In finding that substantial evidence supported the Board’s decision, the Second Circuit considered several factors. First, the court found that the “subject matter” of the post included workplace concerns – specifically, management’s allegedly disrespectful treatment of employees and the upcoming union election. The court further noted that Pier Sixty had demonstrated its hostility toward union activity by making various threats to employees, including threats to terminate employment and rescind benefits, and by enforcing a “no talk” rule toward certain groups of employees, including Perez who was prevented from discussing the union. Based on this evidence, the court concluded that Perez’s outburst was not an idiosyncratic reaction to a request by management; rather, it was part of an intense debate regarding managerial mistreatment of employees before a representation election. Second, there was evidence that Pier Sixty had not disciplined employees for profanity in the workplace, including use of the words “fuck” and “mother fucker.” To this end, the court noted there was evidence of daily obscenities in Pier Sixty’s workplace of the kind used in Perez’s post, including regular use of such terms by McSweeney, and no employee had been terminated from employment for such vulgarity until Perez was terminated around the time of a union election. The court further found that, although there were vulgar comments in Perez’s post specifically referencing McSweeney’s family, it was reasonable to conclude that those vulgarities were directed at McSweeney himself and not his family. Third, with respect to the location of Perez’s comments, the court found they were made in an online forum that is a key medium for workers to communicate and organize in the modern era. Although the post was available for customers to see because it was publicly posted, Perez took down the post upon learning that his Facebook page was not set on private (which occurred only three days after he posted it in the first place) and the post was not in the “immediate presence” of customers and it did not “disrupt the catering event.”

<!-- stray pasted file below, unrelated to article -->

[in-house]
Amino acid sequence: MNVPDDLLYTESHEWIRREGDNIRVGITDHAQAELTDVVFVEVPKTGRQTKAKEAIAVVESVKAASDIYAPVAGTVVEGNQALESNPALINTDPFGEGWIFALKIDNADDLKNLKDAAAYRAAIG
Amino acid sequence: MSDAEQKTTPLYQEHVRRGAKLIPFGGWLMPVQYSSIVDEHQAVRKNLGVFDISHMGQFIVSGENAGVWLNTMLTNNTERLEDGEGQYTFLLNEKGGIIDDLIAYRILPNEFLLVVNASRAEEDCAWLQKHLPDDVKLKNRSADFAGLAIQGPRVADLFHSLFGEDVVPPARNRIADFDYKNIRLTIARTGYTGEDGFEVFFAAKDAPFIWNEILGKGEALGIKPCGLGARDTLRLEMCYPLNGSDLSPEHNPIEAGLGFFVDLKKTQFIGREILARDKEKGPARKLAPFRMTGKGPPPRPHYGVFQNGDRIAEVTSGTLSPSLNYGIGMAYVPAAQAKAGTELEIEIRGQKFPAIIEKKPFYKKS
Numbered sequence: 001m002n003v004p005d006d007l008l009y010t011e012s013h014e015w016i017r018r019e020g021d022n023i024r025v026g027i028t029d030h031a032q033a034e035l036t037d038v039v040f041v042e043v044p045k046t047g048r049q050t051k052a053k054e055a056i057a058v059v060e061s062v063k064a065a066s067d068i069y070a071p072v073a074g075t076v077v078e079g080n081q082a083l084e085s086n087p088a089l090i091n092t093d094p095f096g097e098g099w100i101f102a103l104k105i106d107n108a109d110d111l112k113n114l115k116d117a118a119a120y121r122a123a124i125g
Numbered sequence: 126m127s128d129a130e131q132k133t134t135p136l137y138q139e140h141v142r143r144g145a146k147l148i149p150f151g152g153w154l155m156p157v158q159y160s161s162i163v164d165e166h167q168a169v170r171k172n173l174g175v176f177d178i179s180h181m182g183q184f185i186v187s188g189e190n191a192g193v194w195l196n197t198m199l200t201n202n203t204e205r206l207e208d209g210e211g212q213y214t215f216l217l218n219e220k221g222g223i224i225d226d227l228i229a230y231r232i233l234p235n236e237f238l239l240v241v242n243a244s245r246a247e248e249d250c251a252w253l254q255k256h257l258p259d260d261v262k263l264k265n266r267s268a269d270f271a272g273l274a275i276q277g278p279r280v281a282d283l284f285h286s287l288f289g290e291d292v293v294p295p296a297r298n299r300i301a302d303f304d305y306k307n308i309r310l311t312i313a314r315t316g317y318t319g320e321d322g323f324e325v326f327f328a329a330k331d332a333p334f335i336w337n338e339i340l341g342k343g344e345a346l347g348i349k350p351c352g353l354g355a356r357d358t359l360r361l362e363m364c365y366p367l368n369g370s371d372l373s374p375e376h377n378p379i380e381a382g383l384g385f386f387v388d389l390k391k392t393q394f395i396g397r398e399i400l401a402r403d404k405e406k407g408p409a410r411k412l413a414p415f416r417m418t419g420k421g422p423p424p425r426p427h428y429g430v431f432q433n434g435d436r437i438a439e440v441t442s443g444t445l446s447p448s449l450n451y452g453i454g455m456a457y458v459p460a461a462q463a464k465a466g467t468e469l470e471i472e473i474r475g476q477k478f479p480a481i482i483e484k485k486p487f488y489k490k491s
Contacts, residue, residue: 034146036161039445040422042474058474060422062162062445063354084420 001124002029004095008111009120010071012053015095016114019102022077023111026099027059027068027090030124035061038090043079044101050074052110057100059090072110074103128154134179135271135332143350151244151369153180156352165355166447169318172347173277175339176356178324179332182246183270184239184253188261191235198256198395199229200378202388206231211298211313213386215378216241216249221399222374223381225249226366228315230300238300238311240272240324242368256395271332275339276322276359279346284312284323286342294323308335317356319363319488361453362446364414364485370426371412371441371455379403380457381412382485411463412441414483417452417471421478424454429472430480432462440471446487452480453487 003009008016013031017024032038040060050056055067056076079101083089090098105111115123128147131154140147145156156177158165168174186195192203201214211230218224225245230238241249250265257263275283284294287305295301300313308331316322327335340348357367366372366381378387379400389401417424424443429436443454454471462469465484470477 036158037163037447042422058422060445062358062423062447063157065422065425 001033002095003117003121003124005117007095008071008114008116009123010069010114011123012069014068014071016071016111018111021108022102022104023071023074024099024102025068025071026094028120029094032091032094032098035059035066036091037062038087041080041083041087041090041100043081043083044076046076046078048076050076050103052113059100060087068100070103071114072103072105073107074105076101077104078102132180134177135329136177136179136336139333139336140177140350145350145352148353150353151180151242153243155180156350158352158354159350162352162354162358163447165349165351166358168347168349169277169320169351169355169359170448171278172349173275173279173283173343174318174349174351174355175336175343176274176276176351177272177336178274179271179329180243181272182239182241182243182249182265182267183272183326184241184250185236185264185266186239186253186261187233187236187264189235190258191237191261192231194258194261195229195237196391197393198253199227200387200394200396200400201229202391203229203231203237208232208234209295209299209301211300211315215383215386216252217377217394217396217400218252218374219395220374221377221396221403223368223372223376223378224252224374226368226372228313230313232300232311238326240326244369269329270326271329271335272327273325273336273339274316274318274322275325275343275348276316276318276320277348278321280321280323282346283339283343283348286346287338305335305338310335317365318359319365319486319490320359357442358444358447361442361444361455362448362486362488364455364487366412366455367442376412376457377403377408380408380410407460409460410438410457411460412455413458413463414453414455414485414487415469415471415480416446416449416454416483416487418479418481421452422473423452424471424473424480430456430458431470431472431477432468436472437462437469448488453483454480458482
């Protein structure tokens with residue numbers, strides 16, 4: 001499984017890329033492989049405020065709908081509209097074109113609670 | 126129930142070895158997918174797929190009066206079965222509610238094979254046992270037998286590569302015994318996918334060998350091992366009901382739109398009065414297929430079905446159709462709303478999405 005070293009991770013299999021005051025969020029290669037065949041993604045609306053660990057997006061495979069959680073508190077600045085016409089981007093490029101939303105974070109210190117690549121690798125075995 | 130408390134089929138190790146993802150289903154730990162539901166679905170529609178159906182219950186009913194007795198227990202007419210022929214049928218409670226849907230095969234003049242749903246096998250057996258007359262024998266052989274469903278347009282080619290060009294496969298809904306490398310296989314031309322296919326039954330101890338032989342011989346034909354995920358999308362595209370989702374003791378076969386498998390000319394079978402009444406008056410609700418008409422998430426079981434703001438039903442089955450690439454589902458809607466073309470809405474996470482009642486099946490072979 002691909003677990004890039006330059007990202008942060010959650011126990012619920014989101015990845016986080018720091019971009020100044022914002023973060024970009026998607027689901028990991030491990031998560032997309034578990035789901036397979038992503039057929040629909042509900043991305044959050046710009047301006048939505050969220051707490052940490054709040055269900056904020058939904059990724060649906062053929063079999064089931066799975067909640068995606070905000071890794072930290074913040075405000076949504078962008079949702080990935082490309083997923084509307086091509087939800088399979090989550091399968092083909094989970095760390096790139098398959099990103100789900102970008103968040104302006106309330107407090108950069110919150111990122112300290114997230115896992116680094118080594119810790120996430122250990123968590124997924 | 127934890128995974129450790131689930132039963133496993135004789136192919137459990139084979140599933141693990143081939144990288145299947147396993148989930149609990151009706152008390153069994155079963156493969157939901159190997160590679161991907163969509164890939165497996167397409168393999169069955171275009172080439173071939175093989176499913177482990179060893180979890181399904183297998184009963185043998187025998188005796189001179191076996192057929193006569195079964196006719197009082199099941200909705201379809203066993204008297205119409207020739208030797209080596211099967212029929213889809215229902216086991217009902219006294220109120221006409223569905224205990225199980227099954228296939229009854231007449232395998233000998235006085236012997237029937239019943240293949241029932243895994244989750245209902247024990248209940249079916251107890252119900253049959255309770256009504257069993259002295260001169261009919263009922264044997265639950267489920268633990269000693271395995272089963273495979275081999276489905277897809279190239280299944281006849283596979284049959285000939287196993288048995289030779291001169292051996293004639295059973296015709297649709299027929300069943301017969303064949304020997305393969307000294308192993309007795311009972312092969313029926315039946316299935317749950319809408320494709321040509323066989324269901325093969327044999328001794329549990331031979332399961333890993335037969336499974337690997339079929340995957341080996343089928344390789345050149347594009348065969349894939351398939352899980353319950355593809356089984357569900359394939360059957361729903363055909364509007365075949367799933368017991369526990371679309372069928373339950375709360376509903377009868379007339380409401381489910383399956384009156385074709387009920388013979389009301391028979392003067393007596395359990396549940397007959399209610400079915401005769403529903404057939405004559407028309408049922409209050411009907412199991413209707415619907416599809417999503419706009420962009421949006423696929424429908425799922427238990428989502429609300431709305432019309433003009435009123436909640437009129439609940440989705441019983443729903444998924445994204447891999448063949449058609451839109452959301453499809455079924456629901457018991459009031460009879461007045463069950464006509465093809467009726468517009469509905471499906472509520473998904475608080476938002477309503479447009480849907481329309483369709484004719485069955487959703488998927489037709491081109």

Based on the foregoing, the court upheld the Board’s decision that Pier Sixty had committed unfair labor practices by terminating Perez’s employment. The Second Circuit, however, noted that its decision “sit[s] at the outer-bounds of protected, union-related comments, and any test for evaluating ‘opprobrious conduct’ must be sufficiently sensitive to employers’ legitimate disciplinary interests.”

The Second Circuit’s decision in Pier Sixty is significant because it is yet another example of the wide latitude employee’s are given to make comments on social media that are vulgar, disparaging, and even threatening toward management without being subject to discipline. While the Second Circuit considers this case to be on the “outer-bounds” of protected concerted activity and welcomes a new test to evaluate the degree of protection afforded to social media posts by employees, until a new test is established and it curtails some of the conduct employees have been allowed to perpetuate via social media, companies need to be mindful of risks associated with taking disciplinary action against employees who post vulgar and obscene material on social media about supervisors and the company.

If you have any questions regarding this post, please contact Stephen B. Stern at sstern@hwlaw.com or (410) 260-6585.